Education Secretary DeVos plans to change the Obama administration’s policy on the way colleges and universities handle allegations of sexual assault on campus. Currently, the details of the plan are unavailable.
Per ABC News, DeVos announced, “the era of ‘rule by letter’ is over.” She said it created a system that failed students. “DeVos repeatedly spoke about protecting the rights of both victims and students who are accused of sexual assault, saying the conversation has wrongly been framed as a “contest between men and women.”
In a 2011 memo known as the “Dear Colleague Letter,” the administration provided “guidance which required schools to investigate all complaints of sexual assault and details how they must conduct disciplinary proceedings.”
Critics have often stated, “the rules call on campus officials with little legal experience to act as judges, and many say the standard of evidence required by the rules is too low.” DeVos echoed the critics in parts of her speech by blasting the rules for creating, “increasingly elaborate and confusing guidelines” and relying on the lowest standard of proof,” according to ABC News.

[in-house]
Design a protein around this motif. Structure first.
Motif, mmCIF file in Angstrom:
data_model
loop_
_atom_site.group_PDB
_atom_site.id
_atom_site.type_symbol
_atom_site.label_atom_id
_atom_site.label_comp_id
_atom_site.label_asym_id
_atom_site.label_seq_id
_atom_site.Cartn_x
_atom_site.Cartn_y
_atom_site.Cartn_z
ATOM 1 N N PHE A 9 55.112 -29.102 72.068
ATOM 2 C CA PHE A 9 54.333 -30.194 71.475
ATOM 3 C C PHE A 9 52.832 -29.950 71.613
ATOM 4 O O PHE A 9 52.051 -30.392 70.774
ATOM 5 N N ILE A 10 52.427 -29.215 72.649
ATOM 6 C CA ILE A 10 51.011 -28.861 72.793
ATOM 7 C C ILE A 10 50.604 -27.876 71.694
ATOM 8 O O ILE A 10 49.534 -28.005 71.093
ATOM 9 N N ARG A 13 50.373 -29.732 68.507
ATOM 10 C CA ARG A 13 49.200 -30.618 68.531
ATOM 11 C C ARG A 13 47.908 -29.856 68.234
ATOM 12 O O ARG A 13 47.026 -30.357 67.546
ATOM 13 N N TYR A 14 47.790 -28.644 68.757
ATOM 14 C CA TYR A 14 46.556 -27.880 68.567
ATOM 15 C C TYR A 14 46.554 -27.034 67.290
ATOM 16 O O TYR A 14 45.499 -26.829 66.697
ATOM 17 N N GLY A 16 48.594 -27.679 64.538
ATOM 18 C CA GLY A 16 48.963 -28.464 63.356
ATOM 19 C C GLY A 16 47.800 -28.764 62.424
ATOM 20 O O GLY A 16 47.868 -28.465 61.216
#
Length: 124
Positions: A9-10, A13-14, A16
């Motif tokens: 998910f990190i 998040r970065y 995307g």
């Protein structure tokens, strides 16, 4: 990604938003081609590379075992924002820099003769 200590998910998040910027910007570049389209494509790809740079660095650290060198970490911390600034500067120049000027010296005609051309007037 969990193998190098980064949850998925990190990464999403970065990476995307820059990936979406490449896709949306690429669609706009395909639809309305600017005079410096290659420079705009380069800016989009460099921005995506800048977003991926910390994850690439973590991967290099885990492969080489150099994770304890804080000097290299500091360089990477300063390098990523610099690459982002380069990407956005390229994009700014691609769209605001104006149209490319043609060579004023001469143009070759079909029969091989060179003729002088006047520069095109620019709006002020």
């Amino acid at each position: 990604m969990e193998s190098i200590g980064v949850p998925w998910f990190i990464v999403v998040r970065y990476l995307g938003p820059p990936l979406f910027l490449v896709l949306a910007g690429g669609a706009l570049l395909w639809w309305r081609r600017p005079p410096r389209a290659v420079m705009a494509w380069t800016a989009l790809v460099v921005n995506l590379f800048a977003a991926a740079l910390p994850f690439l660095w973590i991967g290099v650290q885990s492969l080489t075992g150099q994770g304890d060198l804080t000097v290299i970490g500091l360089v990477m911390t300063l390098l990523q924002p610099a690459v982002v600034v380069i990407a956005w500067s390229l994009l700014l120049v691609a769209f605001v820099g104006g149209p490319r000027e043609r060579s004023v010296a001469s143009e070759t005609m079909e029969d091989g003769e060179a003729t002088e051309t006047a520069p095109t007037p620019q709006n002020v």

Not everyone is in support of this policy change. Former Education Secretary Arne Duncan said in a statement that the Trump administration is, “once again choosing politics over students, and students will pay the price.”
Catherine Lhamon, who previously led the Education Department’s Office for Civil Rights under President Obama, “defended the guidelines and said they have repeatedly been upheld by courts.” She added, that her office frequently ruled on behalf of students accused of sexual assault.”
“I thought she used her voice for ill today in a way that was demanding and distressing, but I believe our colleges will continue to fulfill their obligations,” Lhamon said in an interview with ABC News.
What is Title IX?
Title IX is a federal law that forbids discrimination in education based on sex. In recent years, it’s been associated with efforts to address sexual assault and harassment at college campuses.
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Know your rights: you may choose to pursue legal action against an assailant
The Sexual Assault Survivors’ Rights Act, is a “sweeping piece of legislation that guarantees specific rights for people who have been victimized by a sexual assault. The measure focuses on collecting and preserving rape kits, (the forensic evidence collected in a medical examination after a suspected assault).
Watch Video: Let’s Talk About Sexual Assault on College Campuses